Is ㄱ g or k? (with similar questions) – Korean Pronunciation Tips #8
English speakers who learn Korean frequently ask whether ㄱ is g or k. There are similar questions like this: Is ㄷ d or t; Is ㅂ b or p; Is ㅈ j or ch? In this episode, I will tell you about this FAQ.
Original Intention of King Sejong, the Creator of 한글
When King Sejong made 한글, he made consonants by imitating the vocal organs. For example, ㄱ is the right angle from inside of mouth to throat. ㅁ is from the shape of our lips, etc. After making basic shapes, he doubled characters like ㄲ, ㄸ, ㅃ, ㅉ, ㅆ to indicate stronger sound(된소리). And he added strokes in the basic consonants to create much stronger sound(거센소리), ㅋ, ㅌ, ㅍ, ㅊ.
I used the word "strong" here. It means that you need more effort to create that sound. When you are pronouncing 된소리, double consonants, you should strain your throat harder than 예사소리, basic consonants and let the air less out of your mouth. When pronouncing 거센소리, you should let the more air out of your mouth. In linguistic jargon, 거센소리 consonants need more aspiration.
English Speakers Use Voicing While Koreans Use the Strength
The sounds of Korean is decided by these strength of sounds. On the other hand, English sounds are decided by voicing. When you pronounce g or k, you use the same vocal organ. However, the difference is that there is a vibration in your throat when you are pronouncing g and there isn't when pronouncing k. How about checking it out by pronouncing gate and Kate? You can feel the difference in vibration. It happens with the pairs like g/k, v/f, d/t, j/ch and b/p.
It's the main difference between Korean and English when the native speakers feel the difference of the sounds. In English, they use vibration to distinguish sounds while Koreans used the strength of the sounds.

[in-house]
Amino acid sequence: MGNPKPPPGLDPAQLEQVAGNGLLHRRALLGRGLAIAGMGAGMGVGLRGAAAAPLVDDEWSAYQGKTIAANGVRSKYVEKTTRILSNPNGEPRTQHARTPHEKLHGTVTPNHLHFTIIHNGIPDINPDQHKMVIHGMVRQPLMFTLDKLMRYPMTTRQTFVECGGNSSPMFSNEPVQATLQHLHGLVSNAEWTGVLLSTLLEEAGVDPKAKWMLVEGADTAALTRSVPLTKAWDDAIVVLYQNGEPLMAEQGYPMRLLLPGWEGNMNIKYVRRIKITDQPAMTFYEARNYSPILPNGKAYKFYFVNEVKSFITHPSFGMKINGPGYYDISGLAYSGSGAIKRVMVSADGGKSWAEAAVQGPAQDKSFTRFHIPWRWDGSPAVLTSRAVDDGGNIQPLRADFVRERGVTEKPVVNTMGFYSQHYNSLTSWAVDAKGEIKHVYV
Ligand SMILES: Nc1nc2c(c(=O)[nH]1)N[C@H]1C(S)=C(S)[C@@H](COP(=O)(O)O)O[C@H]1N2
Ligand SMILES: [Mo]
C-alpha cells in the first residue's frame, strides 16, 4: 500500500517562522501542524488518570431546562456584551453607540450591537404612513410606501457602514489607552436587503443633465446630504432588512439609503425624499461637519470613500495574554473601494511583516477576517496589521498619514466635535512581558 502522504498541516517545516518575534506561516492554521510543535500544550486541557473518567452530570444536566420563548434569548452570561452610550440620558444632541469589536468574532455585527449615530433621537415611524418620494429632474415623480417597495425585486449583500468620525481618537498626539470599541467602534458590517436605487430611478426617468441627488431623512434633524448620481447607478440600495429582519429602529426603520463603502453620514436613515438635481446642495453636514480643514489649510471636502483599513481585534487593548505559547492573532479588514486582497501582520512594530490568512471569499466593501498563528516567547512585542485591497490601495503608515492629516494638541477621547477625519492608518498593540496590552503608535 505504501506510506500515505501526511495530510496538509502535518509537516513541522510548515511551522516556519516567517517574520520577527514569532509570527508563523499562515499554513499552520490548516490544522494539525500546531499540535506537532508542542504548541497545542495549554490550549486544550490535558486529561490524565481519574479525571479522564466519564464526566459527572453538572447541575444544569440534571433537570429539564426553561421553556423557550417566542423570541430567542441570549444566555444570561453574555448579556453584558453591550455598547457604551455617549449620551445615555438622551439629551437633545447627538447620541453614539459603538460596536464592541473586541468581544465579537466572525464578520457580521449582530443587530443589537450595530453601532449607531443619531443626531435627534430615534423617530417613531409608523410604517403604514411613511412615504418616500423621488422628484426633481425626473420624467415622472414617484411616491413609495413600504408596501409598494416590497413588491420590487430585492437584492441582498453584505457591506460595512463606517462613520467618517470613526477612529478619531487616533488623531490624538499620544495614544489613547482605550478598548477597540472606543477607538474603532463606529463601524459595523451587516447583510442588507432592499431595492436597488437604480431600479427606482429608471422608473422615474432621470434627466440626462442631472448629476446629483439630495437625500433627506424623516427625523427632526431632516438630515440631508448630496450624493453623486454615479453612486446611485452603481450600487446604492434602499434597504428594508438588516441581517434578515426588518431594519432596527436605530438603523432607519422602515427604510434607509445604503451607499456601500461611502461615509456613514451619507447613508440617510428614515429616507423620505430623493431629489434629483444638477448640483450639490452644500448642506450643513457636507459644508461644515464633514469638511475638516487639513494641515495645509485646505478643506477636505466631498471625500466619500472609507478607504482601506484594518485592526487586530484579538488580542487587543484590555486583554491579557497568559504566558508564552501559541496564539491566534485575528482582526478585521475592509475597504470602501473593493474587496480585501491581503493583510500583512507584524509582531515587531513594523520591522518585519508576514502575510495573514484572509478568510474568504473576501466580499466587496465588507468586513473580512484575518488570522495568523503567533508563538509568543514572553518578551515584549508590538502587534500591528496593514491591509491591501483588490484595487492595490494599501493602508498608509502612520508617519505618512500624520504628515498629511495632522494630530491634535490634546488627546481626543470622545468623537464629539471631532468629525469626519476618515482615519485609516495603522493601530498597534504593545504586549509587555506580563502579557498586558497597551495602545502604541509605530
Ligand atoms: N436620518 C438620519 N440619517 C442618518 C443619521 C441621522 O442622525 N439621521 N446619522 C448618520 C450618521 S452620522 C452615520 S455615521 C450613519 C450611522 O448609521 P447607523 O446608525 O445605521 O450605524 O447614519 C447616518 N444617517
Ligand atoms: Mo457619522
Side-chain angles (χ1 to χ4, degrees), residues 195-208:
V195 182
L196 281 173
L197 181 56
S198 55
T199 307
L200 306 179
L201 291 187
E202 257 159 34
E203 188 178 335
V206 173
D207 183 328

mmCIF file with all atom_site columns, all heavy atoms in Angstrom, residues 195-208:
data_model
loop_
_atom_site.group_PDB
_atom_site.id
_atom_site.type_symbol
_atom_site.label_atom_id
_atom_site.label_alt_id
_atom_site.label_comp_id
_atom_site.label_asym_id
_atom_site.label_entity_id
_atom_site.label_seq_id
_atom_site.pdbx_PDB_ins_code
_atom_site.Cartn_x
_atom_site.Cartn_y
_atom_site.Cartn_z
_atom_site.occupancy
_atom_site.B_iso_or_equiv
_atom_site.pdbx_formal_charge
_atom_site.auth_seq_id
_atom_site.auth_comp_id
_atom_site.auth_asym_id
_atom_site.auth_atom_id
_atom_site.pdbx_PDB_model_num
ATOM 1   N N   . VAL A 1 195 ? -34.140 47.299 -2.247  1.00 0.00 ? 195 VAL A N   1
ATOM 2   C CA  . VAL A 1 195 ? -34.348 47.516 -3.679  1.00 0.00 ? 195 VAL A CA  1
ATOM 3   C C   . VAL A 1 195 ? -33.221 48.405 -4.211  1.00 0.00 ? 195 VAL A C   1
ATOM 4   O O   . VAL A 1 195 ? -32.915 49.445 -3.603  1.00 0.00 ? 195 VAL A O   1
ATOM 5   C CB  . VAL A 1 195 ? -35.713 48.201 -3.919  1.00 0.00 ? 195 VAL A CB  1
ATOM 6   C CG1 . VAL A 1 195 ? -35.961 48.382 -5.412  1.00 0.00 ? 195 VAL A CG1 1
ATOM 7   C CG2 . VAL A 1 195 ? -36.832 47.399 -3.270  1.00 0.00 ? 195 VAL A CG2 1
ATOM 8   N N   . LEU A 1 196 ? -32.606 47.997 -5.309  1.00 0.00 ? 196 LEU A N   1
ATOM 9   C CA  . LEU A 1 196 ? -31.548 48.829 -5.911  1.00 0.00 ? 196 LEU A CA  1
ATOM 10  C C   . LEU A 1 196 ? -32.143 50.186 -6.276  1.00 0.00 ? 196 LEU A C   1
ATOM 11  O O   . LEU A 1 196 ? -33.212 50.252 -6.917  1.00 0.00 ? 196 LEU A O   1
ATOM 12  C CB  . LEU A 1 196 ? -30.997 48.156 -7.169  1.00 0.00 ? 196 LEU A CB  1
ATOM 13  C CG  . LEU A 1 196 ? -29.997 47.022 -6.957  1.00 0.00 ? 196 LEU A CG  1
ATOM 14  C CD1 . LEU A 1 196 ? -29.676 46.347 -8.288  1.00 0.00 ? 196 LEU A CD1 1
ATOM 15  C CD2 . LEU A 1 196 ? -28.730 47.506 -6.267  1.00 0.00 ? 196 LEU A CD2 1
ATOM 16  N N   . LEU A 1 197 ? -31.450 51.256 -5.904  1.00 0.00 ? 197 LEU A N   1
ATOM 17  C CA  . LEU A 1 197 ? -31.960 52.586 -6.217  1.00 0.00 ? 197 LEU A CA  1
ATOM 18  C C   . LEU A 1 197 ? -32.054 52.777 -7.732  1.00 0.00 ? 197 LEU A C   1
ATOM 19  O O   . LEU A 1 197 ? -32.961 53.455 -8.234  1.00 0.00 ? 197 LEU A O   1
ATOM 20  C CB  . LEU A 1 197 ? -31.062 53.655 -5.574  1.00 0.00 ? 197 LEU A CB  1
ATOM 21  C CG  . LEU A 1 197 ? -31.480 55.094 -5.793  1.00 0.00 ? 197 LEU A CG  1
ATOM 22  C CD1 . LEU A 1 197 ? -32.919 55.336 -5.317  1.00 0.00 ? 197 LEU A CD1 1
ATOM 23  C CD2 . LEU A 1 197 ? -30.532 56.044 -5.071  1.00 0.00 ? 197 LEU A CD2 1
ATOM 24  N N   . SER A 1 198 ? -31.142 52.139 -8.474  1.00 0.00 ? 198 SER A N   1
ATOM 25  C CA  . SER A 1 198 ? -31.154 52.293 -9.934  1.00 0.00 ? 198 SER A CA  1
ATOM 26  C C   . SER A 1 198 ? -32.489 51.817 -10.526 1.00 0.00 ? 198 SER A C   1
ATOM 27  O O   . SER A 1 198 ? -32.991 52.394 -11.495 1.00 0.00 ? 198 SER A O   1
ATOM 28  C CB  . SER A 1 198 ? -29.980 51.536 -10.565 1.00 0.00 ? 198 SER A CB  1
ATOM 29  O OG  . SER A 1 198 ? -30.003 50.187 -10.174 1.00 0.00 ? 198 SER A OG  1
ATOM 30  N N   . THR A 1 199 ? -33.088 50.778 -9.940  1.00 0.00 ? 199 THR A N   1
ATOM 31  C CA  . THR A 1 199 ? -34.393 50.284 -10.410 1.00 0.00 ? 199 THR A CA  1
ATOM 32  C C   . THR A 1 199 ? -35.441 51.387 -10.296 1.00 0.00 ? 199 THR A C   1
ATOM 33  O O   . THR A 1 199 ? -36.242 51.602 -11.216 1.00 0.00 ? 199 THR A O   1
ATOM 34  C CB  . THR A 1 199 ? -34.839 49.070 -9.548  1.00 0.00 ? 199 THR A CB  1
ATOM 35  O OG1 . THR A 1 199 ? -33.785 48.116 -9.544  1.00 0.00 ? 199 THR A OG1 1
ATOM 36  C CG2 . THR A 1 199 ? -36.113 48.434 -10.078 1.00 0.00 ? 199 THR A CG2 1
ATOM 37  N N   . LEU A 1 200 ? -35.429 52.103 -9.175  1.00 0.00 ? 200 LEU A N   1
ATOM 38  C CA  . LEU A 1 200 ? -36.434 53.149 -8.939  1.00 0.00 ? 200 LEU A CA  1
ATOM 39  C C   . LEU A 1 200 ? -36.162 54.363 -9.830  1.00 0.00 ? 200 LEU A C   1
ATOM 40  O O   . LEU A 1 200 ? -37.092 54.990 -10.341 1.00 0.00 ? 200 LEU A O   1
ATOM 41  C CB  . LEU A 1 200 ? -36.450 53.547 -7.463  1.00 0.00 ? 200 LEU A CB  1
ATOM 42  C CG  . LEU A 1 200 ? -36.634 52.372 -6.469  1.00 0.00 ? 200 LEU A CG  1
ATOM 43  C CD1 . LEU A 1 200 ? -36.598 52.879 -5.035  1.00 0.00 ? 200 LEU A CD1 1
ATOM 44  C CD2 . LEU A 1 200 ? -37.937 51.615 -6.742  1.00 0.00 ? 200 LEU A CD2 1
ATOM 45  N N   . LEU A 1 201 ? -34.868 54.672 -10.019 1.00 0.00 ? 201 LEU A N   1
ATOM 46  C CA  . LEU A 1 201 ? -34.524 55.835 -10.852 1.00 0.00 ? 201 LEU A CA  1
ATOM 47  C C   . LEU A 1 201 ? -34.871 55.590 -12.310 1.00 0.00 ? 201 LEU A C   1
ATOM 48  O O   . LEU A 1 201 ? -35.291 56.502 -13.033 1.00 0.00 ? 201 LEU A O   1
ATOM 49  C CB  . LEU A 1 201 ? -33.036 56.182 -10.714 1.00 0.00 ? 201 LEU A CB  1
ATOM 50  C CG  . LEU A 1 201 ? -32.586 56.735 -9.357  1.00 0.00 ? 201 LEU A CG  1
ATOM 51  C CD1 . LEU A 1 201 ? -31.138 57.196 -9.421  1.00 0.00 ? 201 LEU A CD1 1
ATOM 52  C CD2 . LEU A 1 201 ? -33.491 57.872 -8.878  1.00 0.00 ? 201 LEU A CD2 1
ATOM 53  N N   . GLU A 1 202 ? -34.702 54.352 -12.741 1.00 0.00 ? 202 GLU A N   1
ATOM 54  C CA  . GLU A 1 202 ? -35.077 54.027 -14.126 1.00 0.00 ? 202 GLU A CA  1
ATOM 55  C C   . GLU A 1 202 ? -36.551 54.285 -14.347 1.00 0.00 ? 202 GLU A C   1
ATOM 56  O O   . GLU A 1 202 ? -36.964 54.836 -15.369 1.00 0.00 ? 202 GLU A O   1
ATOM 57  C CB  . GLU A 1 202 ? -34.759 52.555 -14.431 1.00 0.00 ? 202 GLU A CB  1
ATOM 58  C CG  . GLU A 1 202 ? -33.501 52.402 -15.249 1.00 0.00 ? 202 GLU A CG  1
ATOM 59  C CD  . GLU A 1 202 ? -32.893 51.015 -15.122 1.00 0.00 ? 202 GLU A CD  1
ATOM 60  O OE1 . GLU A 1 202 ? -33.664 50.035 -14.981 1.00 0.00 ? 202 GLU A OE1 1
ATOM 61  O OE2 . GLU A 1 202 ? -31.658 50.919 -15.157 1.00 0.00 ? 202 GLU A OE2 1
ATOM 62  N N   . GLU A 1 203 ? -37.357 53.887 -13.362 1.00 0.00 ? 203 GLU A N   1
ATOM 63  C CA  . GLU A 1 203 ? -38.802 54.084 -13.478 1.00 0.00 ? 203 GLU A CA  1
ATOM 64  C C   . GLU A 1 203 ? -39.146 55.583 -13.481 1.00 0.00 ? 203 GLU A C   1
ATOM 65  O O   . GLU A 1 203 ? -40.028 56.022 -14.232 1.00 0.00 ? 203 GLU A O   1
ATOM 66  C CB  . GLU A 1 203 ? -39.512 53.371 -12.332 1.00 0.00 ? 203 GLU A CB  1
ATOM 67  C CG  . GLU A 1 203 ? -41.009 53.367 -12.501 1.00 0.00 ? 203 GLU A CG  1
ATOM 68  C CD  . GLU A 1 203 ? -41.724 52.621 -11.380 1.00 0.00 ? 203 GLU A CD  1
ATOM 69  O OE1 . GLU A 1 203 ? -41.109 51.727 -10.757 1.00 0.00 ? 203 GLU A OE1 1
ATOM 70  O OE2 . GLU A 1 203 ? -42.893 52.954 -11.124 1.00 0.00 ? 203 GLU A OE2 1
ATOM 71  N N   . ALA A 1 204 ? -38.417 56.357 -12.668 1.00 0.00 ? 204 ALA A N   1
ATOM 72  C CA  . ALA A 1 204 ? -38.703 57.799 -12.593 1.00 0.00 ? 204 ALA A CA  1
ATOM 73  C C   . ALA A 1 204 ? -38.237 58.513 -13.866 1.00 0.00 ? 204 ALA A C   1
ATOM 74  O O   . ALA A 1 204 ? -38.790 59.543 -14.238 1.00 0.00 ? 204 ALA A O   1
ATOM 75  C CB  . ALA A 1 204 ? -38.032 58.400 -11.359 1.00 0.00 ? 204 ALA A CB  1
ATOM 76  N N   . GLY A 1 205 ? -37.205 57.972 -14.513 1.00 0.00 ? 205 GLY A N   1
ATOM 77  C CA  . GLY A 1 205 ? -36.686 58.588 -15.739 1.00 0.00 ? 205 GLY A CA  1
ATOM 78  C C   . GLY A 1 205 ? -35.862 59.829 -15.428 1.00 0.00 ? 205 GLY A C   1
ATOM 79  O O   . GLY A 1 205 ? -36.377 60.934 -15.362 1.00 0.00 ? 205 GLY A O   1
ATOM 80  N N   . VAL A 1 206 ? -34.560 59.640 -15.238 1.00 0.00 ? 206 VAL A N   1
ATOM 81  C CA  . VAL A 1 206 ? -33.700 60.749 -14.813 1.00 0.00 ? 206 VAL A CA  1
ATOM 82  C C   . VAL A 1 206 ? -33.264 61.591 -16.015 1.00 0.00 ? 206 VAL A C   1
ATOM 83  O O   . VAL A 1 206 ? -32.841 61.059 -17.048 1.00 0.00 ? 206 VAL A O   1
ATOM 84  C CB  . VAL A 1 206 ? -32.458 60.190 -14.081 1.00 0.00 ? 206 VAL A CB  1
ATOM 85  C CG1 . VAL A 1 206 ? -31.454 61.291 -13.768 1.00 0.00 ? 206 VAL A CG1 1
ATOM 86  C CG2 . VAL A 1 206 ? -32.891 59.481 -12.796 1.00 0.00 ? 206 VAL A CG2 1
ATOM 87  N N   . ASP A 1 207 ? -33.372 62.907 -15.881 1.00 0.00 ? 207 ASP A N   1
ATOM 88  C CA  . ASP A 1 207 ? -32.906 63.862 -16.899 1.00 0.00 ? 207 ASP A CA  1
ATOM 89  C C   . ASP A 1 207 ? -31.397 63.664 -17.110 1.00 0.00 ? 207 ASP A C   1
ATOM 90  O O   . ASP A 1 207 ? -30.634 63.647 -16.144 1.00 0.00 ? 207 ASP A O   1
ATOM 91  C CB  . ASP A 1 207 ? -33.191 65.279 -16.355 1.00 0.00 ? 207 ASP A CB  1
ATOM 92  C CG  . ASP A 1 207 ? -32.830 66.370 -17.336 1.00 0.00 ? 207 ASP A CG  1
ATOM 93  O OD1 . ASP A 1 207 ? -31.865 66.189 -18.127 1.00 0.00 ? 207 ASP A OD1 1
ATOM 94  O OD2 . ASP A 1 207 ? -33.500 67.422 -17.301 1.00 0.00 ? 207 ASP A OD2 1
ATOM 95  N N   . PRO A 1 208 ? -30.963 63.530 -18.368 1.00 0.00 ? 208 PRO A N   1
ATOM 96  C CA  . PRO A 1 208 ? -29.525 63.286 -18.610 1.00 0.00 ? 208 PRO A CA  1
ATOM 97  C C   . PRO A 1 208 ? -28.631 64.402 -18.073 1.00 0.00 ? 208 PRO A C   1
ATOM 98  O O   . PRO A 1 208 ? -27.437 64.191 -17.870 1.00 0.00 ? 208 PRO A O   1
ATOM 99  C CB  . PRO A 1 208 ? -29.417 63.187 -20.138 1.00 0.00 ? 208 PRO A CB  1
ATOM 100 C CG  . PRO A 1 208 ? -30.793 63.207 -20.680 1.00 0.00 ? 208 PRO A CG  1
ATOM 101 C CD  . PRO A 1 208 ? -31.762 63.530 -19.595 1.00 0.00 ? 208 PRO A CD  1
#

The Answer? "It Depends"
It was long and a bit linguistic. Now, let's talk about our original question. Is ㄱ g or k? The answer is "it depends." It sometimes sounds like k and it sometimes sounds like g.
After Voiced Sounds in Korean, 노란양말 with Vowels
As I said earlier, Koreans don't use voicing to distinguish sounds. However, there are voiced sounds in Korean, too. They are ㄴ, ㄹ, ㅇ, ㅁ. In school, teachers teach us to memorize them as 노란 양말(yellow socks). As you can see, there are ㄴ, ㄹ, ㅇ, ㅁ in the first sound of each character. In addition to these 4 consonants, all vowels are voiced sounds.
When voiceless sounds are after voiced sounds, 노란 양말 with vowels, it is hard to stop vibrating your throat and pronounce the consonant voiceless. So, after voiced sounds, voiceless sounds become voiced. It's called 유성음화 or 울림소리되기. 유성음 or 울림소리 is voiced sound in Korean. We've been talking something hard so long. Let's see them with examples.
아기가 기차에서 자고 있어요.
Baby is sleeping in the train.
그 부부는 정말 사이가 좋다.
The husband and wife get along really well.
냉장고에 있는 갈비 언제 먹은 거야?
When did you eat the rib in the fridge?
In the word, 아기, ㄱ in 기 sounds like g not k while the ㄱ in 기차 sounds like k not g. As 아 is voiced, so ㄱ sounds voiced. Because there is no sound in front of 기차, 기 in 기차 sounds like k.
In the word, 부부, first ㅂ sounds like p and second 부 sounds like b. The reason is the same. The first ㅂ is like p, because there is no sound in front of it and the second ㅂ sounds like b because the character in front of it ends with a vowel.
With same reason, ㄱ, ㅈ in 냉장고, ㅂ in 갈비, ㅈ in 언제 sounds voiced, because all of them have the voiced sound in front of them.
It might be happy for you and me if the story ends here. However, like in almost every grammar rule, there are exceptions. The sounds that looks like to be changed to voiced sounds happen to be voiceless 된소리s. It's called 경음화 or 된소리되기. I'll talk about them in the next episode. Stay tuned!